I know it is years away…and maybe not even in my lifetime, pills but I dream of the day when we will move beyond and say good-bye to the learning disability paradigm and welcome a new order of understanding into our consciousness. See, I believe that the “learning-disabled paradigm,” with its half-baked solutions for helping children who struggle in school, is the epitome of the weakness myth. I think it is important to state up front that I am not suggesting that the students who are labeled LD do not struggle—they clearly do, and suffer as a result. And I am all for helping kids catch up and learn what they need to know to get ahead in life, but the way in which we do that—with a sole focus on the weakness of the students—is only half the equation. If we are going to remediate weaknesses, we must have an equal commitment to building strengths. To do so will require embracing the philosophies related in this book and then backing them in Congress with the same energy that we enforce No Child Left Behind and with the same vigor with which we federally fund the remediation of weaknesses. This is one of the most powerful ways in which we can help struggling students succeed.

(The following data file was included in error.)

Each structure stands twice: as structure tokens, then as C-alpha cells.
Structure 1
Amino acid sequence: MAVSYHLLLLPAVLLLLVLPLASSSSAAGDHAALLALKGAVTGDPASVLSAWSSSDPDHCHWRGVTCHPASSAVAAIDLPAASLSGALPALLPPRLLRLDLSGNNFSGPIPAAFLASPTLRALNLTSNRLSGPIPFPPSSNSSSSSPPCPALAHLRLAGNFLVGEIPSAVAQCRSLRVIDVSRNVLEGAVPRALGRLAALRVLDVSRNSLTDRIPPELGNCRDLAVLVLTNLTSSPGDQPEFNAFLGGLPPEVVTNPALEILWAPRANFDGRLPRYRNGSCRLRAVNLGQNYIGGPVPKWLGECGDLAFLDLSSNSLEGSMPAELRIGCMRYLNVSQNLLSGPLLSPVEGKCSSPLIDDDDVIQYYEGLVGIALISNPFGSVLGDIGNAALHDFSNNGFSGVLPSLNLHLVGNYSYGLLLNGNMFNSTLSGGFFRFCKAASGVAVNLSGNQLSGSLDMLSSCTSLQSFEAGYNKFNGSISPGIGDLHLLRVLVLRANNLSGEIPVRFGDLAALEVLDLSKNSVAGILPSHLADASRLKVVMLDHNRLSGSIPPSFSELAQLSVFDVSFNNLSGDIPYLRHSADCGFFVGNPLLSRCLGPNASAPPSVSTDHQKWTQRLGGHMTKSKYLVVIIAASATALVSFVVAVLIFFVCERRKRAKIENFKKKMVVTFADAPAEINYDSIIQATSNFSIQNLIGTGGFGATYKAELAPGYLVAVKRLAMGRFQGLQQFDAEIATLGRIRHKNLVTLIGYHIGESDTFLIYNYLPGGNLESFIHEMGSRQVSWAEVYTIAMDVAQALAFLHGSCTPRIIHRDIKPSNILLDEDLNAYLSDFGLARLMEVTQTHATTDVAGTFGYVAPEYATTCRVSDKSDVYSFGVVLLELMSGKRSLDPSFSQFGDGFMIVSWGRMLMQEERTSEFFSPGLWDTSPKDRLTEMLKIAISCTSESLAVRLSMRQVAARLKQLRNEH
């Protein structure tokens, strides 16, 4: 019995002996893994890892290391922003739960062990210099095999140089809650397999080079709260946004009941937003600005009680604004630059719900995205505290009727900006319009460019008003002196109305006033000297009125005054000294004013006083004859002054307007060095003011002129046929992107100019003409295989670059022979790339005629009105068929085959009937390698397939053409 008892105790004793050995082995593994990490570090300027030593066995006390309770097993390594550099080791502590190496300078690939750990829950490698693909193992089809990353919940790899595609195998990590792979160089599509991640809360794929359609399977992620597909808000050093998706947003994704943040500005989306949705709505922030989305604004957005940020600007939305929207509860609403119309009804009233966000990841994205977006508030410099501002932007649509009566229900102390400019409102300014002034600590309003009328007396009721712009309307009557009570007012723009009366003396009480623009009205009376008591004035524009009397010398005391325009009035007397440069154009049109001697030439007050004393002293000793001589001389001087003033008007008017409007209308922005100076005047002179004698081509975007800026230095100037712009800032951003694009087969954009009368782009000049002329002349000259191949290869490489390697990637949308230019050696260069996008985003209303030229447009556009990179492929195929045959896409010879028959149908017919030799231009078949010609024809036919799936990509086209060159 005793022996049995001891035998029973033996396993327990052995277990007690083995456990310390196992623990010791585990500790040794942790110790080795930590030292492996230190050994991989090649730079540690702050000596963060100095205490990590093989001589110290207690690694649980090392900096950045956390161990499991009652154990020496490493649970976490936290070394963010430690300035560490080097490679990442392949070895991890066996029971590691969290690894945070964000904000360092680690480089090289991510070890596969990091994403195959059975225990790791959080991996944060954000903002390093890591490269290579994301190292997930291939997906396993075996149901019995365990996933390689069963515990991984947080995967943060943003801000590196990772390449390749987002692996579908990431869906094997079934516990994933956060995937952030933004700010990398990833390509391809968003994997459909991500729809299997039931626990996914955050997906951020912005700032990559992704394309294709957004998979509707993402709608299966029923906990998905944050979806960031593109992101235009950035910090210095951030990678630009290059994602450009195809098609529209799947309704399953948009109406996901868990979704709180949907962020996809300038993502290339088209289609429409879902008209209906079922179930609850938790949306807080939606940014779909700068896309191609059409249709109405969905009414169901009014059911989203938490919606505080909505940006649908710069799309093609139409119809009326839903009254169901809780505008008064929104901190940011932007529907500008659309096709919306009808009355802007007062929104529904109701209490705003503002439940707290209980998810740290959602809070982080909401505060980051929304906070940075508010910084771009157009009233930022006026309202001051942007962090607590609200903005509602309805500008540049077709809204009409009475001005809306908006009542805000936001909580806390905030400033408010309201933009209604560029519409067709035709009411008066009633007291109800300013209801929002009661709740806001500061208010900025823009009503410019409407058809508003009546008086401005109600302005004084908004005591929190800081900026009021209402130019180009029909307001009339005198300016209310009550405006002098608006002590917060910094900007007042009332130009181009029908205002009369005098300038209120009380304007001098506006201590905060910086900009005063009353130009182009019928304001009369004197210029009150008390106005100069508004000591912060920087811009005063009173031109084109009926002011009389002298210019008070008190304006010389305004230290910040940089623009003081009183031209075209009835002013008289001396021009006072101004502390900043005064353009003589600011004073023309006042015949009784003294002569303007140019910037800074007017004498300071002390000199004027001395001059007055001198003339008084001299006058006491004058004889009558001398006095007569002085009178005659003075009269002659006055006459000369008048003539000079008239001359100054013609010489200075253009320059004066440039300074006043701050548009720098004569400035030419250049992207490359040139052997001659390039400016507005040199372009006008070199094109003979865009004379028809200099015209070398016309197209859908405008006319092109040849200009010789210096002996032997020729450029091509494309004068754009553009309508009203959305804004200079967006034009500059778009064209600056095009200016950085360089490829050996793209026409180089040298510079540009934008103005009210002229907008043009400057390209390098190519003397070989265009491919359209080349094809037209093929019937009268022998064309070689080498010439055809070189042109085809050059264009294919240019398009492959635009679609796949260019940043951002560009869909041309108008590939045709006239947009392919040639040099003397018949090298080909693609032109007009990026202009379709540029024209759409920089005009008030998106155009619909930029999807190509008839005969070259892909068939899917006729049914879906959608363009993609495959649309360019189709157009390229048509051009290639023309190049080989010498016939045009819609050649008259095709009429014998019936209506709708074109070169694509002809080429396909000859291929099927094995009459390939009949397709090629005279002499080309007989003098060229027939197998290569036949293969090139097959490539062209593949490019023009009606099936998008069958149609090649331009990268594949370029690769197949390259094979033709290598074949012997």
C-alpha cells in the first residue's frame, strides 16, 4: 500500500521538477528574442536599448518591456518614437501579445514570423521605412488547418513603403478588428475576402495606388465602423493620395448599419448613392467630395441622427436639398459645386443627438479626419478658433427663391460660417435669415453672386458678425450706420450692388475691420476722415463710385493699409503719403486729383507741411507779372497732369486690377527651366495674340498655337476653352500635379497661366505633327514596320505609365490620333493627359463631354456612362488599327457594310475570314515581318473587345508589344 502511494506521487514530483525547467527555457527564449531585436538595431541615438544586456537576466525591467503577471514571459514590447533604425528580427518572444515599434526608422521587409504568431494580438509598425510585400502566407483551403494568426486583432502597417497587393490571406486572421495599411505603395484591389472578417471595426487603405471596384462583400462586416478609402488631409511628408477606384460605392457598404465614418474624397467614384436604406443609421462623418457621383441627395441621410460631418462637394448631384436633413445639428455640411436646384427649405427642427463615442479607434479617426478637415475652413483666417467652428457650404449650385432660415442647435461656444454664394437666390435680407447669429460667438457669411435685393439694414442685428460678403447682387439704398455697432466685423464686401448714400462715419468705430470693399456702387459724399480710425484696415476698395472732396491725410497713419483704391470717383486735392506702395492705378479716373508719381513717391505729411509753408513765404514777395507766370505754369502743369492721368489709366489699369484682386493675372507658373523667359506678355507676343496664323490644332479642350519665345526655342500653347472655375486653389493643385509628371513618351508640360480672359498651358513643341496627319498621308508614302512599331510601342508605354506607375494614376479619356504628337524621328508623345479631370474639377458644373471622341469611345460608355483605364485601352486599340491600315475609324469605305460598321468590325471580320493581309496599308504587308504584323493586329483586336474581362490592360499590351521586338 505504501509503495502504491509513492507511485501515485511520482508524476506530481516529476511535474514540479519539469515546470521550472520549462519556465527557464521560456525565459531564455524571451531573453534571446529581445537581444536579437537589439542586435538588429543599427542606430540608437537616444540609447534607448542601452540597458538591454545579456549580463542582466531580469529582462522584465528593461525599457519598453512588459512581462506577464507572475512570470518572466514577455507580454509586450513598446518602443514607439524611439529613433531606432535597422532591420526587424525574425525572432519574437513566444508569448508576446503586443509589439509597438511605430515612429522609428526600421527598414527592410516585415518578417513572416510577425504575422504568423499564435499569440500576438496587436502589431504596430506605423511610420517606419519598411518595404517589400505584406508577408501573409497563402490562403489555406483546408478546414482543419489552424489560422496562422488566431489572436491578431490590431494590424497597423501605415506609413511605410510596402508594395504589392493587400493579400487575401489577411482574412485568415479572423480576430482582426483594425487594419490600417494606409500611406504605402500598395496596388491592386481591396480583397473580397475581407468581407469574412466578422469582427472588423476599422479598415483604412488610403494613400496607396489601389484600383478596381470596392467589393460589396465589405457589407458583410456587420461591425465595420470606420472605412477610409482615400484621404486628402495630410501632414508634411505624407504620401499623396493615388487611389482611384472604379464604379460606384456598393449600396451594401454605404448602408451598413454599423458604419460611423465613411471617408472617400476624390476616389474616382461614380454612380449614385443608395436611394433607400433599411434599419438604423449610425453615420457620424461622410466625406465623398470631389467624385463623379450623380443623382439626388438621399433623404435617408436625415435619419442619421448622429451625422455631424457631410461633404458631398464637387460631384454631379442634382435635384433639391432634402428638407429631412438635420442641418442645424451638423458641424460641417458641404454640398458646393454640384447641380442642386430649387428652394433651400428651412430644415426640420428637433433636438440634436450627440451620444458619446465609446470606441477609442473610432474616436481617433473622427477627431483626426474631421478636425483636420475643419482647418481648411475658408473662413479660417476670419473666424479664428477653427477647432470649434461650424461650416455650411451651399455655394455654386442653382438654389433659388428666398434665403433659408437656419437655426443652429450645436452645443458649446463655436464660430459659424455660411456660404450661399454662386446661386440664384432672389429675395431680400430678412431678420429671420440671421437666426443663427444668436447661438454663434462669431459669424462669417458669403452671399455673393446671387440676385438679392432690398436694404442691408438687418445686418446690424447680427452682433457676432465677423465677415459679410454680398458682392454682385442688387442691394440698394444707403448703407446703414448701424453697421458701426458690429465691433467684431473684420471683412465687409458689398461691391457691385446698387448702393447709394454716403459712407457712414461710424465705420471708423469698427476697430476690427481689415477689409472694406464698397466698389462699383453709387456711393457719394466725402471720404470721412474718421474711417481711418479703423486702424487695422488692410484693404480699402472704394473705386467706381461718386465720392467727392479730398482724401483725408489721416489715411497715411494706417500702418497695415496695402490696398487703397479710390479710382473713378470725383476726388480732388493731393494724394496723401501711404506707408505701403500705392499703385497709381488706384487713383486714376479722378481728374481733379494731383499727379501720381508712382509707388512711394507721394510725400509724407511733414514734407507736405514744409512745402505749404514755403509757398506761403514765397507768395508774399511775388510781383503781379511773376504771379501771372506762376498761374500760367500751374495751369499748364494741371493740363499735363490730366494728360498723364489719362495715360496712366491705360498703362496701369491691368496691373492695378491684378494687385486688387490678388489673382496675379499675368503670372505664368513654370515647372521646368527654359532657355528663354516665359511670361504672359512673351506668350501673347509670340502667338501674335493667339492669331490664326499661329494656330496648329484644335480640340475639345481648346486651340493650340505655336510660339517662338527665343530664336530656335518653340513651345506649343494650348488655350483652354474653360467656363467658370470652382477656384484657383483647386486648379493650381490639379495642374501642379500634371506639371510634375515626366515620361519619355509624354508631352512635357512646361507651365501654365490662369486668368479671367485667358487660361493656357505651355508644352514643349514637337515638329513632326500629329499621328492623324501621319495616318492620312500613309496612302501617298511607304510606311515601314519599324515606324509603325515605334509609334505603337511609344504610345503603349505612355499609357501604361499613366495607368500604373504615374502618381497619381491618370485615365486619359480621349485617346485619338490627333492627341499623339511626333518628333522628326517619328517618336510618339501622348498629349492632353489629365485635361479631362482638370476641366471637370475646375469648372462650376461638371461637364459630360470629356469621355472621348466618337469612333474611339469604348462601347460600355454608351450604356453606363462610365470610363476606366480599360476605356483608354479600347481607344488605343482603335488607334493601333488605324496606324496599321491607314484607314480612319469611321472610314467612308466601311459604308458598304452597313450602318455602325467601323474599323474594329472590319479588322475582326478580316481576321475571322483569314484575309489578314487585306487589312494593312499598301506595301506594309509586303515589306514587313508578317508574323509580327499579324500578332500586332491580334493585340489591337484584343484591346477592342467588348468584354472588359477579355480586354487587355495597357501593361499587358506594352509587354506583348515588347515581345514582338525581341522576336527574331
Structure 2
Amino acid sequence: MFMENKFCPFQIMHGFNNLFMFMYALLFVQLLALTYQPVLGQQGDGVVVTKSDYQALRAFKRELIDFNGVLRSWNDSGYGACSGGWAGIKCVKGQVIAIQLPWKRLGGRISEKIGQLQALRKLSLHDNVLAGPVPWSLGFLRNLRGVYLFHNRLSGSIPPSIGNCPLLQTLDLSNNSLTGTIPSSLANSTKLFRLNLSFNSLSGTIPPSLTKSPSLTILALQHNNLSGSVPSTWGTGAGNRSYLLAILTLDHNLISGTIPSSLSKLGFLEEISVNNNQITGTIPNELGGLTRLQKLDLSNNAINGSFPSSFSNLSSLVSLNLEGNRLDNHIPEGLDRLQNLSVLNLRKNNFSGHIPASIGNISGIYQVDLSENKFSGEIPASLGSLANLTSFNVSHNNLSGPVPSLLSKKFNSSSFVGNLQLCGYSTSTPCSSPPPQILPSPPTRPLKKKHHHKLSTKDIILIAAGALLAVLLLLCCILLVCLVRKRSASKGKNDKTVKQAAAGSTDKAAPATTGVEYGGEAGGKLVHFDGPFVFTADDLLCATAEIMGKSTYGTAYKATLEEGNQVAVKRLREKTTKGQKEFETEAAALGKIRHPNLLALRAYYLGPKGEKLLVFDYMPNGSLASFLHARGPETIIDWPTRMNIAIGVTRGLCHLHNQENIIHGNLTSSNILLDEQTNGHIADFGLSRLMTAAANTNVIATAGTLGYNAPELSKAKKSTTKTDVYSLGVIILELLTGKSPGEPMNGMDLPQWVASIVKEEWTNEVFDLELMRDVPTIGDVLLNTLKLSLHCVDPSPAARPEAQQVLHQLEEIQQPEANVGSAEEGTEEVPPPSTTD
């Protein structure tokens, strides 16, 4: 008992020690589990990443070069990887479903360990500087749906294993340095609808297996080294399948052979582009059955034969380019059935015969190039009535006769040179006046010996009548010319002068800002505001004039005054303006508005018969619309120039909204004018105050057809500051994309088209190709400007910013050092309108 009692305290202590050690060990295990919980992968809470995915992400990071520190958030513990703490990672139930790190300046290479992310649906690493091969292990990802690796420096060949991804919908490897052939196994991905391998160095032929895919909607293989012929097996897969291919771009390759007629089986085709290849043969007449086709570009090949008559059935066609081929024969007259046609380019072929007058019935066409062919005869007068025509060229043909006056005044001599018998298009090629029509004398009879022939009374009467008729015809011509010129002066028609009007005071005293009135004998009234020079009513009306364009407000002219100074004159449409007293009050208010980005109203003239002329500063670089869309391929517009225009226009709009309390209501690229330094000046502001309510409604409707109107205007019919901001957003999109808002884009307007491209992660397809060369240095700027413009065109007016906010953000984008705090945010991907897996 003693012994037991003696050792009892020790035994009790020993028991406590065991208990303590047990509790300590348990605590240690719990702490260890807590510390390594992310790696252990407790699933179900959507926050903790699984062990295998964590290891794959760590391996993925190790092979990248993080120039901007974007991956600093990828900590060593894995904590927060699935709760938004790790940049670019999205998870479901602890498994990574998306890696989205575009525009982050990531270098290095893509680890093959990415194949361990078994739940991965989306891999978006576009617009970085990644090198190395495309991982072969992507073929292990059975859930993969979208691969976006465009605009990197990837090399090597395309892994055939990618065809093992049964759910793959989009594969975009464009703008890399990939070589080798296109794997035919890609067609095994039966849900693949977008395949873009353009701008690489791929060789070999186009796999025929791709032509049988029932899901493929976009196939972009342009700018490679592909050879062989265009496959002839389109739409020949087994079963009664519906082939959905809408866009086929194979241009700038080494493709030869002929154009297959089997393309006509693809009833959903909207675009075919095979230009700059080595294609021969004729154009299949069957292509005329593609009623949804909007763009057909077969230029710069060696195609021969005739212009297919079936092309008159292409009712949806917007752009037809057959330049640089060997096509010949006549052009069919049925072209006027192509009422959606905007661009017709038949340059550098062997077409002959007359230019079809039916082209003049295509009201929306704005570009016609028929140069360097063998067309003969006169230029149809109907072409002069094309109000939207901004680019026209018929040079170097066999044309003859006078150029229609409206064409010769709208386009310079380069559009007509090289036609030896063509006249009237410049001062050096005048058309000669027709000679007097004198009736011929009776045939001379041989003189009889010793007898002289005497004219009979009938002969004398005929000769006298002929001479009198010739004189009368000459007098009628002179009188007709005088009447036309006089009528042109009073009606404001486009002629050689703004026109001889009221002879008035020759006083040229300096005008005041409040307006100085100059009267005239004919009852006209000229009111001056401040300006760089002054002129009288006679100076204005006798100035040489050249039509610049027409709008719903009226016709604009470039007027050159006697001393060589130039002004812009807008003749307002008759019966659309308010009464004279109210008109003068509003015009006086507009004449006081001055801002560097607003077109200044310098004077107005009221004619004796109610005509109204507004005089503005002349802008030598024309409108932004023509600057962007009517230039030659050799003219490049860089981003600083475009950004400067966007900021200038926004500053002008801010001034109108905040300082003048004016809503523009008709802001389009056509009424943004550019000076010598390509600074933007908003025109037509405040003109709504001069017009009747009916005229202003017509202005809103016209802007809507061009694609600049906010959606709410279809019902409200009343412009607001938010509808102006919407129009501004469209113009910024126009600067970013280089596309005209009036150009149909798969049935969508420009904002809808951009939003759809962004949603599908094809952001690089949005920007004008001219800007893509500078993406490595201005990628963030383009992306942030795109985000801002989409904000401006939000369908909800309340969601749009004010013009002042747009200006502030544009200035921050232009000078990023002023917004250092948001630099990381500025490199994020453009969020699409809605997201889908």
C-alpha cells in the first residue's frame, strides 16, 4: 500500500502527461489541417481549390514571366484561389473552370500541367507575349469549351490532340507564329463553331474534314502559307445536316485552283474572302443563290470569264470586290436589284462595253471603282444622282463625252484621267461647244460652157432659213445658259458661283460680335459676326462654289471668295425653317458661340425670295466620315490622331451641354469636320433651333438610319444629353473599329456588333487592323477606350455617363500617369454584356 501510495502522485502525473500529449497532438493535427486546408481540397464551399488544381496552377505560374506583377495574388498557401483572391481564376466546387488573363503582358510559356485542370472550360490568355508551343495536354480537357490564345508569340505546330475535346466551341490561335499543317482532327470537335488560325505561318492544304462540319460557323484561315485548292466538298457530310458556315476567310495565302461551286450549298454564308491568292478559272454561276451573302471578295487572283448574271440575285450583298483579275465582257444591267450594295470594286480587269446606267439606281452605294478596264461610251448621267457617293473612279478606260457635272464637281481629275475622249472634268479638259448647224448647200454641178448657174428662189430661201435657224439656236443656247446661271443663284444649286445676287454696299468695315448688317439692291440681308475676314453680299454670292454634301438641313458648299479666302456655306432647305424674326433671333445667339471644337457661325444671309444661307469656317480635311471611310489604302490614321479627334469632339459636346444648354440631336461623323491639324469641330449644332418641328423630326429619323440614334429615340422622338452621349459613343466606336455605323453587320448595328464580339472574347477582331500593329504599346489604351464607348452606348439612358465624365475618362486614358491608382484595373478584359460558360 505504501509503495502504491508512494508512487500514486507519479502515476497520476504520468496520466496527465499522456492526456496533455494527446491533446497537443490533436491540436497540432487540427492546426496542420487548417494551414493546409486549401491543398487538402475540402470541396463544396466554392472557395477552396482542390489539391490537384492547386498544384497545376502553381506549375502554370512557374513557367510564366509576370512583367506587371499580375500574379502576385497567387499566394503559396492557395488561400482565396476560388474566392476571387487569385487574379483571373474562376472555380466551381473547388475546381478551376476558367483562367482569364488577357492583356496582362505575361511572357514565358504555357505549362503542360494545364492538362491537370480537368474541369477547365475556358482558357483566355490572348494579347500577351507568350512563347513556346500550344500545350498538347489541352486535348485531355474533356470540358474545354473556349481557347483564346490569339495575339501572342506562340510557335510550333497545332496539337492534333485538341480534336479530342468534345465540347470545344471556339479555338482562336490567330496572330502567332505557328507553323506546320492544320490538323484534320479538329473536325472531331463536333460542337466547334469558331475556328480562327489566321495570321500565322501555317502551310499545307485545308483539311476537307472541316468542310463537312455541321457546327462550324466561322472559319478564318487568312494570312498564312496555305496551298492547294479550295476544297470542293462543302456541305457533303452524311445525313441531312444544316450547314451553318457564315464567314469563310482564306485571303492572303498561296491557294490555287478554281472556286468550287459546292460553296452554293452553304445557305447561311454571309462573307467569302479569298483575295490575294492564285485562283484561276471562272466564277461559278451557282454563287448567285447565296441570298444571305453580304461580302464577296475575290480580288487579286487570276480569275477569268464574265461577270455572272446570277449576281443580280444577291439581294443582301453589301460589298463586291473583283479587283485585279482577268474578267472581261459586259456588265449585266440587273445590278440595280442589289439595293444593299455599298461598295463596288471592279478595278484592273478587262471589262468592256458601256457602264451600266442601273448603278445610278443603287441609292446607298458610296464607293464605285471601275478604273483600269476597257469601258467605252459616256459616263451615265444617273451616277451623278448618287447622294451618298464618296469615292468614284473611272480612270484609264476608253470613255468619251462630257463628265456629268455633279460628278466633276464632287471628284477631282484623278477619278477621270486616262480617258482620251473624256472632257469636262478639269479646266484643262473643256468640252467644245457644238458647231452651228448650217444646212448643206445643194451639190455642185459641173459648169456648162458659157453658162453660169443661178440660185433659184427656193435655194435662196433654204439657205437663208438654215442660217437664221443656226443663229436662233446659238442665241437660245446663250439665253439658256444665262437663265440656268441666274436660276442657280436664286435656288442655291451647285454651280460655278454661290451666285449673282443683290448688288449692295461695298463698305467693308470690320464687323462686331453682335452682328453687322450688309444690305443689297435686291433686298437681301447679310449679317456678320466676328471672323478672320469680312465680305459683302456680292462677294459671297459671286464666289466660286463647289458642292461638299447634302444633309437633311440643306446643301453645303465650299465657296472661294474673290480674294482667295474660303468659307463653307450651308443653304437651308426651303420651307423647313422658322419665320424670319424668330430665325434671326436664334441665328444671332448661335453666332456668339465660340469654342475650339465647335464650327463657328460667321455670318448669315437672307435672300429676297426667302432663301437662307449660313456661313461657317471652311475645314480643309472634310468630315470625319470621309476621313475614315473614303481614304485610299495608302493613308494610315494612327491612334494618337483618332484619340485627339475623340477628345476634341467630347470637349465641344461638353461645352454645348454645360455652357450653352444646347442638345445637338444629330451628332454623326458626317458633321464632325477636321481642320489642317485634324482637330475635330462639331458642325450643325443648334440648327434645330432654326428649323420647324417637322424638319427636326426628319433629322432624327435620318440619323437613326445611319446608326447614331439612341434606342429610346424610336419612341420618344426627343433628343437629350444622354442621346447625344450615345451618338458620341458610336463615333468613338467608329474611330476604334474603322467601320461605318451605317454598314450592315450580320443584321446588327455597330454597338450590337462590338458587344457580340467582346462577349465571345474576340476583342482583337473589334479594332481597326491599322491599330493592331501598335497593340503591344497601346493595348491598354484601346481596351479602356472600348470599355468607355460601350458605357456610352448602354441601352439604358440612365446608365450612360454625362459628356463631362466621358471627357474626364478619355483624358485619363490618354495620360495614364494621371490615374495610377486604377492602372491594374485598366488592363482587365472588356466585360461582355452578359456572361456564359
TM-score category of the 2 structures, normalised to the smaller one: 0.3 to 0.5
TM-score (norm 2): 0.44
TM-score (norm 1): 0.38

Furthermore, we don’t help children succeed when we place all the blame for the learning problems on them. This is how the learning disability paradigm operates. We begin by assuming that the unable to concentrate in school. If early instruction in reading and math was poor, a student who cannot catch up may become so frustrated that he gives up. If ever-increasing numbers of middle and high school students are being diagnosed with LD, then the weaknesses in our antiquated school systems must be reviewed as contributing factors. We cannot keep holding children back when they are intelligent and sometimes even gifted just because they understand and grow in the world differently than the dominant learning paradigm. How are we so sure we even have it right? Many of the most successful people I know are so called disabled. What a hoax.